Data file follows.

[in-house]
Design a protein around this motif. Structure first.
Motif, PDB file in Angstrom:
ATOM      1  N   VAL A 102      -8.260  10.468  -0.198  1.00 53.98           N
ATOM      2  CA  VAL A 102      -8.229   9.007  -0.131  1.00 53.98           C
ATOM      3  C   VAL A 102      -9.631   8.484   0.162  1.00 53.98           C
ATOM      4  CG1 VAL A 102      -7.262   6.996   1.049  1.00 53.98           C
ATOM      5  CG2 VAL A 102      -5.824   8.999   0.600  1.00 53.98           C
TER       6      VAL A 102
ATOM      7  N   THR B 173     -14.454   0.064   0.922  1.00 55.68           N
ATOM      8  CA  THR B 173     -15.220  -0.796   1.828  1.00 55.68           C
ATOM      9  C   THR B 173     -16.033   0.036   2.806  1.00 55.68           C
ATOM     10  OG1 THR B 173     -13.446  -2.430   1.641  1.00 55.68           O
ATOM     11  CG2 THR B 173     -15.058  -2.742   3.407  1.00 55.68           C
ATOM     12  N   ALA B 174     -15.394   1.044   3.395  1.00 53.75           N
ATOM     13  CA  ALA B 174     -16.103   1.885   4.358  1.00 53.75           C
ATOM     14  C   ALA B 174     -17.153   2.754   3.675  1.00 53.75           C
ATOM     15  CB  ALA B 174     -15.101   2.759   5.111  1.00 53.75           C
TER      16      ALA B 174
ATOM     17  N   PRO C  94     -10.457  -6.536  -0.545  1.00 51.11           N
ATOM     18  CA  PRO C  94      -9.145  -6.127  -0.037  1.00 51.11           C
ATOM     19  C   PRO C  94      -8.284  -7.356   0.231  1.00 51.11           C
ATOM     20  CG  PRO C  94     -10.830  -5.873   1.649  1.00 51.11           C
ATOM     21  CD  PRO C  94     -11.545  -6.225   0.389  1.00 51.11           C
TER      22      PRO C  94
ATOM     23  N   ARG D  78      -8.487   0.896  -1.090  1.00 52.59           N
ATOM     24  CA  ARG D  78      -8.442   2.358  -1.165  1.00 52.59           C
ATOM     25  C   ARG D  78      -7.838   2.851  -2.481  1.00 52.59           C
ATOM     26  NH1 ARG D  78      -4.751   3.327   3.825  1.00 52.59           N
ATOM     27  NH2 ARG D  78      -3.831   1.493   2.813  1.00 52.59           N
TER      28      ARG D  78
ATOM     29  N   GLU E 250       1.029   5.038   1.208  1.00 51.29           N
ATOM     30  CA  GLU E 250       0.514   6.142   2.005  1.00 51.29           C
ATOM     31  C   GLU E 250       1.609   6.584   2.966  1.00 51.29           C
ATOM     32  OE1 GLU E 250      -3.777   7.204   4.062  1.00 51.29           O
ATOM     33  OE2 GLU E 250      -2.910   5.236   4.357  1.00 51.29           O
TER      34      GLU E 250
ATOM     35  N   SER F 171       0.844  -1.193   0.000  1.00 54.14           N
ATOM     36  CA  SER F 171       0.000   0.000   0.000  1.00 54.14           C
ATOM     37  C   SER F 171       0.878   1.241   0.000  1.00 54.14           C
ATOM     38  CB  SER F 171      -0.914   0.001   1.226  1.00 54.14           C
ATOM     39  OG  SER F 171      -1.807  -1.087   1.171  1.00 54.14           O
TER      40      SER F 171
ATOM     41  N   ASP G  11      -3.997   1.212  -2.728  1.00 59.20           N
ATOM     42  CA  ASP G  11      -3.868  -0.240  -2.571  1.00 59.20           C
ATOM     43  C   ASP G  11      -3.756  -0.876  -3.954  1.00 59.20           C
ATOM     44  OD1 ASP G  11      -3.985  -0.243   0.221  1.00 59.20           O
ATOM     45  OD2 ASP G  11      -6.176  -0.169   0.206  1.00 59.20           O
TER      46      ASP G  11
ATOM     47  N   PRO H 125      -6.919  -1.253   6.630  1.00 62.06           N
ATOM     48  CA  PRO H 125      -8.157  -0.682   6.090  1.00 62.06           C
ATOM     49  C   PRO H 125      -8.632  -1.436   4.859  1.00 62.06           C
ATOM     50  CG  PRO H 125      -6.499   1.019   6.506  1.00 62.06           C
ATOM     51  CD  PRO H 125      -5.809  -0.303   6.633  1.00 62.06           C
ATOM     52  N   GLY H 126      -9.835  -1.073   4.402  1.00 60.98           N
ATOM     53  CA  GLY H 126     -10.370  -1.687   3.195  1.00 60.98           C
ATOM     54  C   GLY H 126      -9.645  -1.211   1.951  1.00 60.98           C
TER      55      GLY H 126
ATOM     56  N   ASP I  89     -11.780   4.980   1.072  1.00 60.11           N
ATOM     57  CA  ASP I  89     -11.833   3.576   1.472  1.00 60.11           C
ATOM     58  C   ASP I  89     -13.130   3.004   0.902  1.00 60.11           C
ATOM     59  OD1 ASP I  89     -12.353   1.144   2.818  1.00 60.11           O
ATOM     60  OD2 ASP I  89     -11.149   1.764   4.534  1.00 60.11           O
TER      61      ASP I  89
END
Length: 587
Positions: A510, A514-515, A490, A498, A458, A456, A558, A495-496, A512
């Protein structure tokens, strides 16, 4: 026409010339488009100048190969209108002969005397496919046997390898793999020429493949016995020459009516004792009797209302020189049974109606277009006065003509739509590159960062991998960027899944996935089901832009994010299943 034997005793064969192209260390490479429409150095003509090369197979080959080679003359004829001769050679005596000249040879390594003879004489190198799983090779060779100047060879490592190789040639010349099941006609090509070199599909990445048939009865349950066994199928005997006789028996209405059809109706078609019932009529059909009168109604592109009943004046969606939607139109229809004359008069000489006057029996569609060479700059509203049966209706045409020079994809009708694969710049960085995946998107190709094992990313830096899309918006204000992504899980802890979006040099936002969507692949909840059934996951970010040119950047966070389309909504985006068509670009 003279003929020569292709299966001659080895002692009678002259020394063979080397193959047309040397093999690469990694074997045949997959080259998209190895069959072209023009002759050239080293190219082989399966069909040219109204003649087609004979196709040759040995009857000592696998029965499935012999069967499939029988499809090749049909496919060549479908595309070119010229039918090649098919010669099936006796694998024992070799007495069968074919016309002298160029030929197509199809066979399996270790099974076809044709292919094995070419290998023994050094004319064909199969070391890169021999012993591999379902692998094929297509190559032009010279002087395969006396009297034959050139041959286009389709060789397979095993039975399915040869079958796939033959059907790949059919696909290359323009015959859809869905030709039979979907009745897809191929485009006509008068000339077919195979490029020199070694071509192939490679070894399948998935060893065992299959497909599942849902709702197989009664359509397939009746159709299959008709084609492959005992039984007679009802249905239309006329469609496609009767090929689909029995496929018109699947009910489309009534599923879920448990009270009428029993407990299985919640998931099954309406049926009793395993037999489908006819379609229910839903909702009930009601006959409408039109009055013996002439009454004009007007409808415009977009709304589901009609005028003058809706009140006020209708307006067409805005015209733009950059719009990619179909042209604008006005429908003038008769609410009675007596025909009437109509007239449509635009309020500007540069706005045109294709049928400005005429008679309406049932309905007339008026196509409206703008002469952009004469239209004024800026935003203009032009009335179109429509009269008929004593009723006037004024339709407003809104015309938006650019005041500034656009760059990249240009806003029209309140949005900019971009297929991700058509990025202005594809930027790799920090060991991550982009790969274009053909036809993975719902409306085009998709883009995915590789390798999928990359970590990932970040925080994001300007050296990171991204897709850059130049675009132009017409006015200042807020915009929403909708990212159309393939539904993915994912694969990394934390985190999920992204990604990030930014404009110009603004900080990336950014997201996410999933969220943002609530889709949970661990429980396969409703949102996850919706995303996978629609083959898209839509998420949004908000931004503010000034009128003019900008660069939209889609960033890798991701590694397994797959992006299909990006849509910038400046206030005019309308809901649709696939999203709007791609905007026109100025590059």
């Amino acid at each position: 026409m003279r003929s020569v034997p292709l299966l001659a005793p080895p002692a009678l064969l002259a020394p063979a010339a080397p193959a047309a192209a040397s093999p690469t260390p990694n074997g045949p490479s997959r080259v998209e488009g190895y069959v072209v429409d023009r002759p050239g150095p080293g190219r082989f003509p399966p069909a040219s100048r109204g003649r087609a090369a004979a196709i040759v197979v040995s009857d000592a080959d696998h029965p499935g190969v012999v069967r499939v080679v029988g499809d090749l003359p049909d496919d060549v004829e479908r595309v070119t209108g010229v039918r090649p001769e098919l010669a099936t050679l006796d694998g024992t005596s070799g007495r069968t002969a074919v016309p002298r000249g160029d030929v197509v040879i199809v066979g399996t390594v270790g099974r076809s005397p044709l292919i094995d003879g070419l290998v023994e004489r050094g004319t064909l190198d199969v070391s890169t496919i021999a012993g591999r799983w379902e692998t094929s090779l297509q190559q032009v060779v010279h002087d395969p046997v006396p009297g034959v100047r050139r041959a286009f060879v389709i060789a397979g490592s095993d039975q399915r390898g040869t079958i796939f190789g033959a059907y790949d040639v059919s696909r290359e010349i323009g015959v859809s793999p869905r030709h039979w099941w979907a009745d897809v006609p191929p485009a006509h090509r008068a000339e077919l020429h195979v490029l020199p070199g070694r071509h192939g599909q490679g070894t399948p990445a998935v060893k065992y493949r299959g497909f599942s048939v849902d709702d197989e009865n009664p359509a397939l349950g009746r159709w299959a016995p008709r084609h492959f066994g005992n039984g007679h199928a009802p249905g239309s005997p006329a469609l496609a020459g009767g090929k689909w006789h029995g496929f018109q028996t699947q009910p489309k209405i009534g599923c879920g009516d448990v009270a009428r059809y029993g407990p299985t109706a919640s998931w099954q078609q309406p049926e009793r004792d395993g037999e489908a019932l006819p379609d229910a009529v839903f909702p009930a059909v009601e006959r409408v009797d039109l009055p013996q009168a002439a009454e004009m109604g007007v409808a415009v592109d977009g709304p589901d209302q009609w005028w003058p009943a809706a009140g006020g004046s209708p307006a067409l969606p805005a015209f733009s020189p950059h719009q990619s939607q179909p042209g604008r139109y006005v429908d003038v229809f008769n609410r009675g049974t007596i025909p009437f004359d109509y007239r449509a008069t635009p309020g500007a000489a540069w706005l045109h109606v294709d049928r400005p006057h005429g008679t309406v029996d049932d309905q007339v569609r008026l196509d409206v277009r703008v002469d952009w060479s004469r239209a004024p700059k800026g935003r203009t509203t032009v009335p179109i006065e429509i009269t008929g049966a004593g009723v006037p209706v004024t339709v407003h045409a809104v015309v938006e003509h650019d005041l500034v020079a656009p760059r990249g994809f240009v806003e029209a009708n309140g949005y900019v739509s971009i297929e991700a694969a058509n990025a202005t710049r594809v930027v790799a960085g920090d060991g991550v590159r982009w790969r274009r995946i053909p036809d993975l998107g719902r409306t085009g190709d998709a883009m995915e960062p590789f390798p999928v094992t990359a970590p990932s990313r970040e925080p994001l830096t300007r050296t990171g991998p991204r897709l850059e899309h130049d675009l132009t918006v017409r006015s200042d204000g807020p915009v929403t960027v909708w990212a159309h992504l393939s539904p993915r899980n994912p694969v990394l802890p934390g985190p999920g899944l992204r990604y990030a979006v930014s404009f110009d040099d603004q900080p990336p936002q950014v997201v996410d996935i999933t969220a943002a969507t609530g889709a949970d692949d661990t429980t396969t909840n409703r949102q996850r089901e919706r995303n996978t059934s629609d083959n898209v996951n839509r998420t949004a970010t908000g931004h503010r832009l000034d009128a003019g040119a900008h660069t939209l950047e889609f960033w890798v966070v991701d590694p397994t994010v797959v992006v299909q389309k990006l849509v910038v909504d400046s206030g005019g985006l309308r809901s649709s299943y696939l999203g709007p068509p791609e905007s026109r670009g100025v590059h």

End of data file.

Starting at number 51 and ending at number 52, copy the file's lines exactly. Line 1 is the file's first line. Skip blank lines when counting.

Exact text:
ATOM     48  CA  PRO H 125      -8.157  -0.682   6.090  1.00 62.06           C
ATOM     49  C   PRO H 125      -8.632  -1.436   4.859  1.00 62.06           C